How to Use Balance Transfer Credit to Reduce Your Debt
A balance transfer is an excellent way to consolidate and pay down your credit card debt. It involves applying for a new credit card with a low APR and shifting all of your existing credit card balances to that card.
A well-planned balance transfer can save you hundreds of dollars or more on interest payments. Let’s break down the process in more detail.
How Does It Work?
Doing a balance transfer isn’t difficult - but it does involve several steps. Here’s what you’ll need to do.
- Apply for a balance transfer credit card with a lower APR than your existing card(s). A card featuring 0% during the first 12-18 months is an ideal option.
- Your card issuer may ask you for the details of the balances you wish to transfer to the new card.
- Once your new card is approved your card issuer will inform you that it’s now possible to do a balance transfer.
- Some card issuers will pay off the balances on your other cards automatically. The sum of these balances will form the balance on your new card.
- You may have an interest-free period that you can use to pay down the balance on your new card. Doing this will save you a significant amount of money in interest payments over the long-term.
- Your card issuer may charge you a balance transfer fee. This is a percentage of the total balance you are shifting to your new card and usually maxes out at 5%.
After your interest-free period expires you will be charged interest on any balance owing on your card. That’s why it’s best to pay down your debt as quickly as possible to maximize the amount of interest savings.
How To Consolidate Debt Using A Balance Transfer Card
The idea of a balance transfer involves moving debt held on one or more cards to another one. Borrowers pursue a balance transfer because many credit card companies will offer introductory 0.00% APR promotional periods.
|Let's say you carry $10,000 on a high APR card that you have been trying to pay down the balance on. Due to the high-interest rate, it can be difficult to pay off more than the monthly interest accruing on the card. By transferring this balance to cards with a lower APR and a 0.00% APR introductory rate it allows you to rapidly pay down the principal.|
Will Kind of Debt Balances Can Be Transferred?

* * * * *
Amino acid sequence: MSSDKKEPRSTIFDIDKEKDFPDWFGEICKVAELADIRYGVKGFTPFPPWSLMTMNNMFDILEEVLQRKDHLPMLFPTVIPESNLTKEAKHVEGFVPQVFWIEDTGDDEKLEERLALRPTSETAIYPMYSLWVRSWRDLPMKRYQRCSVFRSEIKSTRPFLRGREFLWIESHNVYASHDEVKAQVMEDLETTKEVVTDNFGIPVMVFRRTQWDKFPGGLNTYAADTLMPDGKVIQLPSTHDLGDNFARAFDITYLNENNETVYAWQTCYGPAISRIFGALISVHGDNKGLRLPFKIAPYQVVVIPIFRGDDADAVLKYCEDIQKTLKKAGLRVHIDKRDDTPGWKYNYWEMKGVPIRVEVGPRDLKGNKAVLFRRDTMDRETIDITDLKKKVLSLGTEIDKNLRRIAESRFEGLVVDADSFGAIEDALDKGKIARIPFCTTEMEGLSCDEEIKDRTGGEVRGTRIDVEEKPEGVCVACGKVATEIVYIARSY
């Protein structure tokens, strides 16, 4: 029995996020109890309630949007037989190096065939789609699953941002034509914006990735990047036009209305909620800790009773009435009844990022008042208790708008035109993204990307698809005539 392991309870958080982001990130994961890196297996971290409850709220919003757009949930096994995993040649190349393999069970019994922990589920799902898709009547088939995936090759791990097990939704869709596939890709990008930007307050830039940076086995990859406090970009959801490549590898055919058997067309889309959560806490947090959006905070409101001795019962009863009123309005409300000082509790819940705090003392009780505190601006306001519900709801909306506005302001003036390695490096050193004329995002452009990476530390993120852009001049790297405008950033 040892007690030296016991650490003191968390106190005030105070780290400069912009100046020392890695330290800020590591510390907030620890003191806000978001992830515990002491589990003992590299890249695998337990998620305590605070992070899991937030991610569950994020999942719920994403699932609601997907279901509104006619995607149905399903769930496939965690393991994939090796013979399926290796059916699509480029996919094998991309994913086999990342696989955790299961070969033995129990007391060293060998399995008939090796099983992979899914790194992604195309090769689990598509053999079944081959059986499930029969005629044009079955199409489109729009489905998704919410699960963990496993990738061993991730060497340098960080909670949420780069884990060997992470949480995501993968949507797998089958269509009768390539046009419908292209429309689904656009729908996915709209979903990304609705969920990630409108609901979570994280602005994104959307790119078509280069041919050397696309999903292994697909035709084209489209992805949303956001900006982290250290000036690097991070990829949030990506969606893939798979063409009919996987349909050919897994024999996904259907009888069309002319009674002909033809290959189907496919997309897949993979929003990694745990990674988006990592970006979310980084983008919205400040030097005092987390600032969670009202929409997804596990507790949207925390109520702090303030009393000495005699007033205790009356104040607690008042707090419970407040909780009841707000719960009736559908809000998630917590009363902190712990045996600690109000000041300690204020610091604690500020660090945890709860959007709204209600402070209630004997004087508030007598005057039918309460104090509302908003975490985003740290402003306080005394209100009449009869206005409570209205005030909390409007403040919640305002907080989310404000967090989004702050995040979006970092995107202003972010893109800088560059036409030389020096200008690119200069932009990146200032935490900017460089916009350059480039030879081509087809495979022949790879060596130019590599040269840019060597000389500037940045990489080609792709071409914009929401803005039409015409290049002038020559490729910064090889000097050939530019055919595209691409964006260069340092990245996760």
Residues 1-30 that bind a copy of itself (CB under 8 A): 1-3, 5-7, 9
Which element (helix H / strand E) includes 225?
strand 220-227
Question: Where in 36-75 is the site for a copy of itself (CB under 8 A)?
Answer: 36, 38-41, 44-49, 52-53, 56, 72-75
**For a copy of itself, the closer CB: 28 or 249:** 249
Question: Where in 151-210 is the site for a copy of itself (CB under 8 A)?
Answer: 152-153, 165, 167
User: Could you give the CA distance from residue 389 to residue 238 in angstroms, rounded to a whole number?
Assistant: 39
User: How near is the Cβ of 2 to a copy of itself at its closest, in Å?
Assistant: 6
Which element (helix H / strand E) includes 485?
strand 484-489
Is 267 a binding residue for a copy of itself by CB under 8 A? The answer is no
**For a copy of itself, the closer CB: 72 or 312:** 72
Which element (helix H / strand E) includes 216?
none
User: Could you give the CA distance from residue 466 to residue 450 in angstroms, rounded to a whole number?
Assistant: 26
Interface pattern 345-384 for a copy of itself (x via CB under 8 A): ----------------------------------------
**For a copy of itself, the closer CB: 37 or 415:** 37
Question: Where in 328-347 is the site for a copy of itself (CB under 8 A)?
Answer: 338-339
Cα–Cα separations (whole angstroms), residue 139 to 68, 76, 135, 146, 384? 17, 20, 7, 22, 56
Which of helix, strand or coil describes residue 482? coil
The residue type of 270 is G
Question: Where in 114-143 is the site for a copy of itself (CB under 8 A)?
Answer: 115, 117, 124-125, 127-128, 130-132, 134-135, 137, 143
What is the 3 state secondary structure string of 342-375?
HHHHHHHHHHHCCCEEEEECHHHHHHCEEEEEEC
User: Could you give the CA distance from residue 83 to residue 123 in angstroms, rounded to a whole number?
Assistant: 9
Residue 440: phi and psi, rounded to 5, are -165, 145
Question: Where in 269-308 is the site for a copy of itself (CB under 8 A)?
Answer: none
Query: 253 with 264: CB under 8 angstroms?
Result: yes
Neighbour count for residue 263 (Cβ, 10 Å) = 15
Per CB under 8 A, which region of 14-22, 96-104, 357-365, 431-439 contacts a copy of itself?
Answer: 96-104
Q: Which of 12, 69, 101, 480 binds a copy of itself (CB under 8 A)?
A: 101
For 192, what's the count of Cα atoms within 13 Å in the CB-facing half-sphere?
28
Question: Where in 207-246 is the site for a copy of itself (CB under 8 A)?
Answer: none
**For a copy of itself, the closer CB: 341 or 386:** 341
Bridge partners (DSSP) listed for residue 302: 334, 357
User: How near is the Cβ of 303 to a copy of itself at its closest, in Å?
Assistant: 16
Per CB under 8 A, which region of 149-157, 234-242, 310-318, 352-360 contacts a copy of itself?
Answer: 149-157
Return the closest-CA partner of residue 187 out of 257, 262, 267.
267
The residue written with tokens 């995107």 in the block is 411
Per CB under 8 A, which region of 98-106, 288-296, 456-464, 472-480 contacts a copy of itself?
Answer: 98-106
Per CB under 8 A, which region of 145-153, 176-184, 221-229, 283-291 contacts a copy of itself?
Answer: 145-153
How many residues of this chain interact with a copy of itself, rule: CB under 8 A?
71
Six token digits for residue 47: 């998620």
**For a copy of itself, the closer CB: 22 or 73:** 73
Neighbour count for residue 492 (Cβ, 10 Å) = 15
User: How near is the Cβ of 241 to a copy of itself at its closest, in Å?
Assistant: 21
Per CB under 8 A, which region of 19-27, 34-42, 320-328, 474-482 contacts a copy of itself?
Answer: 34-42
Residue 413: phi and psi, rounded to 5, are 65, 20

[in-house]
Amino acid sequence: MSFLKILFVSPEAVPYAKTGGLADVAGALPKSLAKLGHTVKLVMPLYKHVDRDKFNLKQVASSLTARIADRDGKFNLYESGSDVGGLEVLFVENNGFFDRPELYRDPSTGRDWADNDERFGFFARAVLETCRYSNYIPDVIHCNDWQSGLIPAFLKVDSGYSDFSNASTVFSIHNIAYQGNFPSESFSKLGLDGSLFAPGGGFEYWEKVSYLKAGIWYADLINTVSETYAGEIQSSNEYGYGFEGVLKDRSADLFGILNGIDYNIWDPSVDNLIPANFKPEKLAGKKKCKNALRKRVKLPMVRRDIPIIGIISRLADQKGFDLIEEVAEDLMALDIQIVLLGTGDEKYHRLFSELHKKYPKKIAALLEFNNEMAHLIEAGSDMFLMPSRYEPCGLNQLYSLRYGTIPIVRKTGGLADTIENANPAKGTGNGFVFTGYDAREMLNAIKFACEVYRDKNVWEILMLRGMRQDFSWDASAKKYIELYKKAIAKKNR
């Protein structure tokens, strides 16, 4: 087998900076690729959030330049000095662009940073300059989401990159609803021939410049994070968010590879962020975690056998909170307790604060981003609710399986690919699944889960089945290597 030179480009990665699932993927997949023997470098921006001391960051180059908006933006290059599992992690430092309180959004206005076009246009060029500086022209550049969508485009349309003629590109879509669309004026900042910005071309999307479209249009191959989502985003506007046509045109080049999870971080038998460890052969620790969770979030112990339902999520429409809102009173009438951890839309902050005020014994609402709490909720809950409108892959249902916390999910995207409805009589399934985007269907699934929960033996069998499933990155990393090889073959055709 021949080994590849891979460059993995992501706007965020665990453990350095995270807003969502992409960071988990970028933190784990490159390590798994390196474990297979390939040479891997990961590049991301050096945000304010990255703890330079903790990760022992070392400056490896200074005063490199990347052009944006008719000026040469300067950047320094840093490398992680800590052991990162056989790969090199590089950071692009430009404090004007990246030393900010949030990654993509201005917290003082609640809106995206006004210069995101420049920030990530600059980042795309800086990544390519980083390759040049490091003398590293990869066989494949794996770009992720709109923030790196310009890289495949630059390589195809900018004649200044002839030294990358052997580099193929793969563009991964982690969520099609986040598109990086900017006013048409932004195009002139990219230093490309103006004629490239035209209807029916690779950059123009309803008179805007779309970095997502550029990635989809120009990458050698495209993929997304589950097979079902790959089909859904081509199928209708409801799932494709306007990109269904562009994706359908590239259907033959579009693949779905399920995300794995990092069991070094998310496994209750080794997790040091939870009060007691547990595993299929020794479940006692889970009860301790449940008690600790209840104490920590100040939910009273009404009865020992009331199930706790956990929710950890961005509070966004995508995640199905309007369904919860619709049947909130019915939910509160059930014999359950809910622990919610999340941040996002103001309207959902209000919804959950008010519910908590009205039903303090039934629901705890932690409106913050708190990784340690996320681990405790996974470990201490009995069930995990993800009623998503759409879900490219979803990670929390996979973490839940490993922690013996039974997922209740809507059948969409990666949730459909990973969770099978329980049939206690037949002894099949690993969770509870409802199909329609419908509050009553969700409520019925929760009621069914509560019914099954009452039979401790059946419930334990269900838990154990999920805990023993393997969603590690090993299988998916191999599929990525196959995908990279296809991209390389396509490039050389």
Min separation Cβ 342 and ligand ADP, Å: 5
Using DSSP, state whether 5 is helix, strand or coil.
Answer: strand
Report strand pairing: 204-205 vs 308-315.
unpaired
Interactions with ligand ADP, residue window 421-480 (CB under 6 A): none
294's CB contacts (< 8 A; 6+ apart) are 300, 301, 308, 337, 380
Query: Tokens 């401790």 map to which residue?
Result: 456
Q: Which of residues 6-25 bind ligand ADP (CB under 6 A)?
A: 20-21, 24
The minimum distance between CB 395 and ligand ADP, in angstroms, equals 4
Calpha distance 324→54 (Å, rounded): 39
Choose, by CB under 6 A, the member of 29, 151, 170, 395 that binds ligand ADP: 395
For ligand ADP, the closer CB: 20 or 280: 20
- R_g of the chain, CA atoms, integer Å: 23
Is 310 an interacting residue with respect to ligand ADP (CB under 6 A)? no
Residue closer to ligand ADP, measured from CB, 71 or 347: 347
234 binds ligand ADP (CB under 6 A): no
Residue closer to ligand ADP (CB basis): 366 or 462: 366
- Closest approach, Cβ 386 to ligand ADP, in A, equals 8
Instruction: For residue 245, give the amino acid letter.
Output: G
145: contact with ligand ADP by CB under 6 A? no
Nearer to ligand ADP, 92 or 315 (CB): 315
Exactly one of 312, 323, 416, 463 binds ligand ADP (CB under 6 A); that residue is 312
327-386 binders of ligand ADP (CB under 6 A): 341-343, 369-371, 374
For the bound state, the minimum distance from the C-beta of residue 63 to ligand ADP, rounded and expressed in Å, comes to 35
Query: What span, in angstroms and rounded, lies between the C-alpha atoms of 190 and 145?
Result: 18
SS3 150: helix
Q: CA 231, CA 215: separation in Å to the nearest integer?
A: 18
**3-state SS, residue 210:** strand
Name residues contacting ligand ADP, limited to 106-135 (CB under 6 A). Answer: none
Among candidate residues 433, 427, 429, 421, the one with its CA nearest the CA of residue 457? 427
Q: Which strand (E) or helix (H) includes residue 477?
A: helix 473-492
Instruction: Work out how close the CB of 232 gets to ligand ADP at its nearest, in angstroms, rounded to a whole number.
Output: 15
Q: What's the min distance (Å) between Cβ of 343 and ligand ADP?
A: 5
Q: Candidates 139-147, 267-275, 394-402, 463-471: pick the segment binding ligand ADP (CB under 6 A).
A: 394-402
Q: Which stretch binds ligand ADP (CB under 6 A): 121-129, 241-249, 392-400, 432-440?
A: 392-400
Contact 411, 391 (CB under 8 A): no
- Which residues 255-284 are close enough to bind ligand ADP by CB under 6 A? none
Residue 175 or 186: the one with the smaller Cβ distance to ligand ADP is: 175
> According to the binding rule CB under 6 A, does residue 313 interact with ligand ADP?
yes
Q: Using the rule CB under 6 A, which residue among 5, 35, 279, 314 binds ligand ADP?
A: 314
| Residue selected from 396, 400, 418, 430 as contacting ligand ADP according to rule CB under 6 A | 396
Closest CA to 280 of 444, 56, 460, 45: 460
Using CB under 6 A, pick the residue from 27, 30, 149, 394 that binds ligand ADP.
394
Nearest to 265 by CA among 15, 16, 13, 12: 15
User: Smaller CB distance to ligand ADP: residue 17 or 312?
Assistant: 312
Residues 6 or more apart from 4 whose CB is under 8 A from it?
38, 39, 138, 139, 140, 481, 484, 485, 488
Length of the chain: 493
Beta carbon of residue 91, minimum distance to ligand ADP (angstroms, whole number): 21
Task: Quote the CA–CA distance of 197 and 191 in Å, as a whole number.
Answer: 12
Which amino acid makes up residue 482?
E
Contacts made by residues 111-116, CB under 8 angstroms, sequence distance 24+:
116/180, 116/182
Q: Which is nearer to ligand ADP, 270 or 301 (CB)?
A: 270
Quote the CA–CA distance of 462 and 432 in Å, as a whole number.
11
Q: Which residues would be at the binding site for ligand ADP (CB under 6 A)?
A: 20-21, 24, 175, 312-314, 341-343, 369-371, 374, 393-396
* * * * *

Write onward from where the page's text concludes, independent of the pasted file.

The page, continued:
Any type of credit card debt can be transferred. This includes cards issued by banks, department stores, and often even gas cards. How much you can transfer depends on the available credit the card has.
How Much Debt Can Be Transferred?
The amount of transferable depends entirely upon the specifics of the balance receiving card and its issuer. The issuer will not allow you to exceed the credit cards limit. You may consider applying for a limit increase, but this will depend upon your credit.
Some issuers will only allow you to transfer up to 75% of the cards limit including the cards current balance outstanding. For example, if a card has a credit limit of $10,000 and currently carries a balance of $2,000, you would only be able to transfer $5,500 from another card if you have a 75% limit.
What To Look For When Choosing A Balance Transfer Card
There are a lot of card issuers that offer a balance transfer credit card. It’s essential to know what features to look for when you consider your options. Here’s what a good card should offer:
- An introductory APR of 0% - This is crucial because the interest-free period is your chance to pay down your debt without being burdened by a high APR. Almost every dollar you pay during the introductory period will bring down your balance instead of covering interest charges.
- No annual fees - There’s no point in saving money on interest payments only to pay it out again in the form of annual credit card fees. Shop around until you find a card with a $0 annual fee.
- A 0% or low balance transfer fee - Many card issuers will charge you a transfer fee of up to 5% on average - but others will waive this fee. You may find that the fee is 0% for the first few months of your introductory period.
- A high enough transfer balance - Some card issuers won’t allow you to transfer your entire existing credit card debt balance to your new card. Make sure you know what your balance transfer limit will be before you apply.
The ideal balance transfer credit card will have three zeros: 0% APR for the first year or 18 months, 0% balance transfer fees, and $0 annual card fees.
The higher your credit score, the more likely you are to qualify for this type of offer.
Disadvantages Of A Balance Transfer
This is a good way of consolidating your credit overall. However, there may be some disadvantages to using this method:
- Low balance transfer limits - A limit that is too low means that you will only be able to pay off part of your existing debt.
- Balance transfer fees - If the card issuer charges a fee you may not save as much as you originally thought.
- It’s still a credit card - Credit card users who struggle to manage their spending may end up using the credit limit on their balance transfer card instead of paying it down.
If you find that the balance transfer credit cards you qualify for don’t offer a low enough APR and fees or feel you may not be able to resist using the card for purchases, you may not get the maximum value from this debt consolidation method.